Let us recall Labour has moved far from its pledge at the election when Blair was in power “not to introduce tuition fees and we have legislated to prevent that”. The British people rolled-over and accepted Labour’s subsequent introduction of fees so one wonders if this is an issue about which they care at all or about which they will believe Labour afresh.

    If embarrassing the Lib Dems is the aim, for very much less than a cost of £3 billion leaflets to ever household could be printed of your earlier blog post @ perhaps with the extract following in bold: –

    “The main point is this. There was no group of Conservatives designing the tuition fee scheme, no group pressing for it. It was not Conservative policy. The tuition fee scheme was designed by Dr Cable, and pressed by him. Conservatives went along with it, often reluctantly.”

  24. Richard1
    Posted February 28, 2015 at 11:29 am | Permalink

    A debate took place this am on the BBC’s a week in Westminster, chaired by left wing journalist Steve Richards. Left wing Helena Kennedy (Labour) was given approx 3/4 of the airtime against c 1/4 for Conservative David Willets. Willets nevertheless had the coherent argument. This was after far left Labour MP Dennis Skinner had been given a 10 minute free platform to speak unchallenged in favour of Miliband’s ridiculous plan to ensure all MPs are wholly dependent on the State for their incomes, and to exclude anyone from Parliament who is involved in business. I can see why this appeals to the statist poll tax funded BBC, but it is a scandal that such biased programming is permitted, especially in the run up to a general election. We need a subscription model for the BBC, it’s the only cure.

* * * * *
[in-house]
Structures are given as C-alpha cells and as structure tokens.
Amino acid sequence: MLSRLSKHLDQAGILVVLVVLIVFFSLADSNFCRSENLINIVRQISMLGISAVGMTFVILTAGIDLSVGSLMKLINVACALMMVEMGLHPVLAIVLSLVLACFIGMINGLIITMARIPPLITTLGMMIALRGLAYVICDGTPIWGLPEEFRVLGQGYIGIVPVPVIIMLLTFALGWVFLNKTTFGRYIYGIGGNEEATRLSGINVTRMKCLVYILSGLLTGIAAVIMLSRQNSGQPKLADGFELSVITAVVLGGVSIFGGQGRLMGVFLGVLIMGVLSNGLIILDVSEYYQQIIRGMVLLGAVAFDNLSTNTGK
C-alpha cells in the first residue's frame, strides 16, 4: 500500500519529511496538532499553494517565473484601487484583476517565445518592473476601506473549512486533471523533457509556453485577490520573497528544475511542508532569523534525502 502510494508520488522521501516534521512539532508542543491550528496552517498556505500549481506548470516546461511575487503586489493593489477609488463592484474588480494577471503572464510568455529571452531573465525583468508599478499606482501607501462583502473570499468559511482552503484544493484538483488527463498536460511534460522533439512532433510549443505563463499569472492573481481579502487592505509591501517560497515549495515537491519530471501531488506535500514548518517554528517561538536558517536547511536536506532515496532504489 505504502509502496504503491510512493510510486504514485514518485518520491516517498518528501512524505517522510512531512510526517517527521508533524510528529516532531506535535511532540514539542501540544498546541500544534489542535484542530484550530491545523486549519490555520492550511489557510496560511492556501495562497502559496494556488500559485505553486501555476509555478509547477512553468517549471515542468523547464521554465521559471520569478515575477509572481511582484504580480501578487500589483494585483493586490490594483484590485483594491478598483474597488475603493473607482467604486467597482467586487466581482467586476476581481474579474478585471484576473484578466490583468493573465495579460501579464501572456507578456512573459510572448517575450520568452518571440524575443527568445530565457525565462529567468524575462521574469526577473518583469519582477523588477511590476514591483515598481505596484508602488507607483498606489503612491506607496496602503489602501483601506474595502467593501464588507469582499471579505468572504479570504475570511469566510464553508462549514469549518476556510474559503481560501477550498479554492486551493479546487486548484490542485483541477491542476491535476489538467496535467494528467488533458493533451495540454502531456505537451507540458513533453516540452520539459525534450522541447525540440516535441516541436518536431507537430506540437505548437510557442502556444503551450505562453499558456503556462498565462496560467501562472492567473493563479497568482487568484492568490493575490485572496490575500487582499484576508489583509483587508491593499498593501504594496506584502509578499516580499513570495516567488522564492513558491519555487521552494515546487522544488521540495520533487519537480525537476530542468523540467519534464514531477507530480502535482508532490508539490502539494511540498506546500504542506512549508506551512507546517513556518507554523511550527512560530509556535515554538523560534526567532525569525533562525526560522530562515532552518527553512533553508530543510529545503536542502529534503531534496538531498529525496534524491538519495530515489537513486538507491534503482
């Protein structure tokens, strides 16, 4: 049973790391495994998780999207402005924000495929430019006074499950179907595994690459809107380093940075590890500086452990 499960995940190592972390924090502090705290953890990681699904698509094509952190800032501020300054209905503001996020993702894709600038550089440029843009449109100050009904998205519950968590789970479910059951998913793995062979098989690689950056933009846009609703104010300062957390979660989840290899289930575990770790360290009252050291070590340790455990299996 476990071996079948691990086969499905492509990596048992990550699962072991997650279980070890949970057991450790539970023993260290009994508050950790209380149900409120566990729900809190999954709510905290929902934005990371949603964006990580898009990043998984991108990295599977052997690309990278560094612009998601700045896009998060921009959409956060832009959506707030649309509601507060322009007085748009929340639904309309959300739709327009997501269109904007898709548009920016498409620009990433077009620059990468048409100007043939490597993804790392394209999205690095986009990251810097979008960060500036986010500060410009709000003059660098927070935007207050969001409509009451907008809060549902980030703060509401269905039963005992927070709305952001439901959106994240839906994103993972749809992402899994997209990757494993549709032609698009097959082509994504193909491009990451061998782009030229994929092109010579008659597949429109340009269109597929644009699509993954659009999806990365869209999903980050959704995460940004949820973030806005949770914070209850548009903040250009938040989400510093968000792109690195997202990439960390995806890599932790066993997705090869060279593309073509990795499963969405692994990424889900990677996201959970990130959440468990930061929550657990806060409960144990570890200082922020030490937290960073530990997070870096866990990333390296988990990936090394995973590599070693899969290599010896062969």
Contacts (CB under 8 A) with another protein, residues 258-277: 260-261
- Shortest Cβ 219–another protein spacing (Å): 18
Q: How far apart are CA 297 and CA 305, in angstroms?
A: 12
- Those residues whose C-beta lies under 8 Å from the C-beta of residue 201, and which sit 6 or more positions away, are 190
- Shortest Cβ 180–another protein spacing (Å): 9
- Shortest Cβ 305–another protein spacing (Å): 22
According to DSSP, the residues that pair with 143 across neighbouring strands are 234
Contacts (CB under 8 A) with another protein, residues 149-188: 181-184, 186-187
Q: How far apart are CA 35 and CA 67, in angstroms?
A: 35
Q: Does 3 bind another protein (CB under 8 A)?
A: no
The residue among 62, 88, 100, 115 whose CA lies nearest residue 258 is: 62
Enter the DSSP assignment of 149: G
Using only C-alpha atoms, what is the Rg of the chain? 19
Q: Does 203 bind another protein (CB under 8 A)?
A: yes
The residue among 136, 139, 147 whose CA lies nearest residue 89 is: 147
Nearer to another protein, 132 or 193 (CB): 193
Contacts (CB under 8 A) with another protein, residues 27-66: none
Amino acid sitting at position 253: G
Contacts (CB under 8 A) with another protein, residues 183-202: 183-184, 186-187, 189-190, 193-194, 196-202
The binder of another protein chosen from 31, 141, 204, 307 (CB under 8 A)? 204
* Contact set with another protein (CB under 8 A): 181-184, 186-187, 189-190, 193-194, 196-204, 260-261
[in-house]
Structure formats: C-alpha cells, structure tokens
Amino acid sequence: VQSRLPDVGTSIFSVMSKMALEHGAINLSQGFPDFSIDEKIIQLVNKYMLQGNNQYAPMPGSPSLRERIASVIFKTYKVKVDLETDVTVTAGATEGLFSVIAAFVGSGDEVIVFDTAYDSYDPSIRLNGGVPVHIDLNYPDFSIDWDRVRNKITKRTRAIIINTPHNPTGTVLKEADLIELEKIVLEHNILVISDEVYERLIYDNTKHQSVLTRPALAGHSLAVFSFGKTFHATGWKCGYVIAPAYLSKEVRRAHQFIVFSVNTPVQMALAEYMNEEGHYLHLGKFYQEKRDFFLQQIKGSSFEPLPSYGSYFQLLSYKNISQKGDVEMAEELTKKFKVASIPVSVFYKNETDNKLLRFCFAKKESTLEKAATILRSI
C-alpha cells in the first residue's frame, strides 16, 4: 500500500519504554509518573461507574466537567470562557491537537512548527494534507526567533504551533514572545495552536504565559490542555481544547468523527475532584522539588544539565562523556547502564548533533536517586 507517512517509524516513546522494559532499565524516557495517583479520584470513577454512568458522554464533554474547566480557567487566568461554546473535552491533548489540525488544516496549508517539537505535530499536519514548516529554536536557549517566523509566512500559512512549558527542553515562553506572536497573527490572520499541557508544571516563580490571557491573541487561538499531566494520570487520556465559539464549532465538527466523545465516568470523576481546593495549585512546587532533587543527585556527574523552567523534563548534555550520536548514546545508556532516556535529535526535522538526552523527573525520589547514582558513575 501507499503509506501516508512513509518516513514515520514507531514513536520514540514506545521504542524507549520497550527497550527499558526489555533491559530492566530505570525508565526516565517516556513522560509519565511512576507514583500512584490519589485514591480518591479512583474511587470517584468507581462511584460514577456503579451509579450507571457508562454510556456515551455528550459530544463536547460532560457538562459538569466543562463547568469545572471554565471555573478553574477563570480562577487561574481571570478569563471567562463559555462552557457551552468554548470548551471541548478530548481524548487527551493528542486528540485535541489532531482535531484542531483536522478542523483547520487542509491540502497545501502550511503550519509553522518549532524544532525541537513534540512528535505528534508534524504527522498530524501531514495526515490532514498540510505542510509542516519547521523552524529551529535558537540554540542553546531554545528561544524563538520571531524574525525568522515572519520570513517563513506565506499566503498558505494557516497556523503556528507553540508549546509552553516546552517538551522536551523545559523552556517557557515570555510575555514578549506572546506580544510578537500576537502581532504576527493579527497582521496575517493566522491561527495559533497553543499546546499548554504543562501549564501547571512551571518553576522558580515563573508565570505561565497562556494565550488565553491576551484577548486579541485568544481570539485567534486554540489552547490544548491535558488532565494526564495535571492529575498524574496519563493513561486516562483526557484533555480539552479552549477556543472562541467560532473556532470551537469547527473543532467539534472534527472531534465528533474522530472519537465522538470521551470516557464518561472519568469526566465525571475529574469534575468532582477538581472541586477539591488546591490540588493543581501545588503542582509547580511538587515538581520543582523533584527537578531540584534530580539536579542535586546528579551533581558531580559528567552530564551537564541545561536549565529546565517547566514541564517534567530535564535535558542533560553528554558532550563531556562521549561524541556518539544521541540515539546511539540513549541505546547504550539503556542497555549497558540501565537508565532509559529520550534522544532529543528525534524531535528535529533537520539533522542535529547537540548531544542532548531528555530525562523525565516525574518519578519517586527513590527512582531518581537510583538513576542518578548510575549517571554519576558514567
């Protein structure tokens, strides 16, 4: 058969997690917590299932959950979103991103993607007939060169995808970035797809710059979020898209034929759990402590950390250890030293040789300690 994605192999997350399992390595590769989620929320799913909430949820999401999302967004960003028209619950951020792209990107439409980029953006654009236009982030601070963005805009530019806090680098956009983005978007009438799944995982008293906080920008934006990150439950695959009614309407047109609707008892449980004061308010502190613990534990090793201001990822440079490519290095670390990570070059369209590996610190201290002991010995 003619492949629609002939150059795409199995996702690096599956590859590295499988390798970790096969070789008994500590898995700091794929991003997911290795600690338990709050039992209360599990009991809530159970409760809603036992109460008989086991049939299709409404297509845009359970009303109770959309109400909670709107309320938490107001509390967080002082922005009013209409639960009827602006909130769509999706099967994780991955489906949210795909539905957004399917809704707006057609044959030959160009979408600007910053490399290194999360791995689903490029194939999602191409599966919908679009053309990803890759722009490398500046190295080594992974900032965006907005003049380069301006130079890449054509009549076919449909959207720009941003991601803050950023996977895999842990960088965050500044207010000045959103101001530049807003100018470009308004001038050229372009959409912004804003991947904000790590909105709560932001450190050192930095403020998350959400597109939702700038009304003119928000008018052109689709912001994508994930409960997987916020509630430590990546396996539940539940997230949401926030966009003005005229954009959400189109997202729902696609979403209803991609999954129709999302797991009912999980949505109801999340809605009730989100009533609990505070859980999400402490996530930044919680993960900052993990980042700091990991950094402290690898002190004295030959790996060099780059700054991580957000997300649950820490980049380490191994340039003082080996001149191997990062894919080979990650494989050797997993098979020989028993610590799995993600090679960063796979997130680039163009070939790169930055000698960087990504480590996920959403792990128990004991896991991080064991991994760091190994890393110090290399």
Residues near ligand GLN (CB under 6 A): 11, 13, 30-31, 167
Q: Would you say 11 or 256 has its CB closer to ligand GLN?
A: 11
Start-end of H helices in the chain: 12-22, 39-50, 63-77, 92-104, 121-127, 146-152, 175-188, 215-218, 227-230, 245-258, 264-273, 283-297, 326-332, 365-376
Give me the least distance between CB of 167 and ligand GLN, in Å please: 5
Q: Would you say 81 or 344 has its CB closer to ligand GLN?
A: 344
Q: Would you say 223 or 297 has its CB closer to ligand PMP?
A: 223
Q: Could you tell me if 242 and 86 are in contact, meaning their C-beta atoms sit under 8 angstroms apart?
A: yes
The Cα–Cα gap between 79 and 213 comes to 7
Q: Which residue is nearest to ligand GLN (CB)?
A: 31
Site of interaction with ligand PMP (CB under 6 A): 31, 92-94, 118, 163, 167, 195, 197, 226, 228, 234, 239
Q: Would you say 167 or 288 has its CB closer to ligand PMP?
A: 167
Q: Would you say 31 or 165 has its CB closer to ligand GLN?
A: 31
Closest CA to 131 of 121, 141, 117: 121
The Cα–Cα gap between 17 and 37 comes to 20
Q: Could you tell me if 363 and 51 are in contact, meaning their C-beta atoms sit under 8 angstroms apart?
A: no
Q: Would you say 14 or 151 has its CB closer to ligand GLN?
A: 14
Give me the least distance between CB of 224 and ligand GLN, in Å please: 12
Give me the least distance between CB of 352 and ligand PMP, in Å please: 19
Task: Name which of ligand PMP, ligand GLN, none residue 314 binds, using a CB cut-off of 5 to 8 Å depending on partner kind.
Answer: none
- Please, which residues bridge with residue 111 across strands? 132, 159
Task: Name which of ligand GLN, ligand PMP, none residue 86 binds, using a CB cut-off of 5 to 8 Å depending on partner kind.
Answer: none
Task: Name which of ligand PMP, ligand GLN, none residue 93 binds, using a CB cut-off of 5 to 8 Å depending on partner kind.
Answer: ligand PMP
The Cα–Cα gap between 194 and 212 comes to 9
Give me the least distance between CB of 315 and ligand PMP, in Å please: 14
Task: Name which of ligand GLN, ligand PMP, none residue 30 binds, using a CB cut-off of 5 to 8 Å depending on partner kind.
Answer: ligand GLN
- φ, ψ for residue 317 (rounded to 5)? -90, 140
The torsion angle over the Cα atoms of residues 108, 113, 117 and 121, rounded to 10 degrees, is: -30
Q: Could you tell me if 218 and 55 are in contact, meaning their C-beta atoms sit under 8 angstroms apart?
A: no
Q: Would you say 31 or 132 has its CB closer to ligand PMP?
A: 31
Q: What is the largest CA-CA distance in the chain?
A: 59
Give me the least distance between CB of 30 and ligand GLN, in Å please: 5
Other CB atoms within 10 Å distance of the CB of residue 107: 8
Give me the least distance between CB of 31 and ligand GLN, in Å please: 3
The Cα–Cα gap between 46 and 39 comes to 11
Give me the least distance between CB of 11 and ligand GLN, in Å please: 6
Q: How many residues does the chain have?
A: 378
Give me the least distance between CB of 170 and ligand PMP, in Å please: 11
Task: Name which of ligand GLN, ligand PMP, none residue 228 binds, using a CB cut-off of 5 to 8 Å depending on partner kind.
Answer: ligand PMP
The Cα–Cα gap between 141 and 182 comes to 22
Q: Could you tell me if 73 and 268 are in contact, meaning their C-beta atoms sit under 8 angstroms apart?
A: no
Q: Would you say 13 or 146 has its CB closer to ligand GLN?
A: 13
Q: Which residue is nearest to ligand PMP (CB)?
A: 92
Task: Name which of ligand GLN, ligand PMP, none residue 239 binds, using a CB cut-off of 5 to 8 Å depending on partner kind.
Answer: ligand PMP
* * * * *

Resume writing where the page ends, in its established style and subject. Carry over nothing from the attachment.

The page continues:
• Richard1
      Posted February 28, 2015 at 3:40 pm | Permalink

      Did anyone listen to Any Questions today? The panel had 3 leftists (labour, green and lib dem), no Conservative, and one UKIP person. The green Ms Bennet was cheered hysterically whenever she spoke, Labours Emma Reynolds cheered for attacks on the unrepresented Comservatives, and the UKIP guy was booed and even slow hand clapped. Unless I misheard, next weeks programme is also to exclude the Conservatives. The BBC is now in a virulently anti-right, full on election mode. Conservative Central Office need to challenge this disgraceful bias. We also need to move quickly to a subscription model and get rid of the license fee if the
      conservatives win.

      • Lifelogic
        Posted February 28, 2015 at 4:54 pm | Permalink

        Well Natalie did virtually promise free houses to everyone but yes how can the have such bias, Especially the audience.

      • Dame Rita Webb
        Posted February 28, 2015 at 5:07 pm | Permalink

        Fat chance of that happening. The Conservatives have no will to win, which is hardly surprising when they are led by someone has had everything put on a plate for him.

      • Qubus
        Posted February 28, 2015 at 7:01 pm | Permalink

        The audience reaction to QT illustrated perfectly why 50% of the population attending university is a gross mistake.

      • Bazman
        Posted February 28, 2015 at 7:06 pm | Permalink

        Maybe they are following Cameron’s shining example and refusing to take part. Why should they have to answer questions when they own the facts?

      • Stephen Berry
        Posted February 28, 2015 at 7:46 pm | Permalink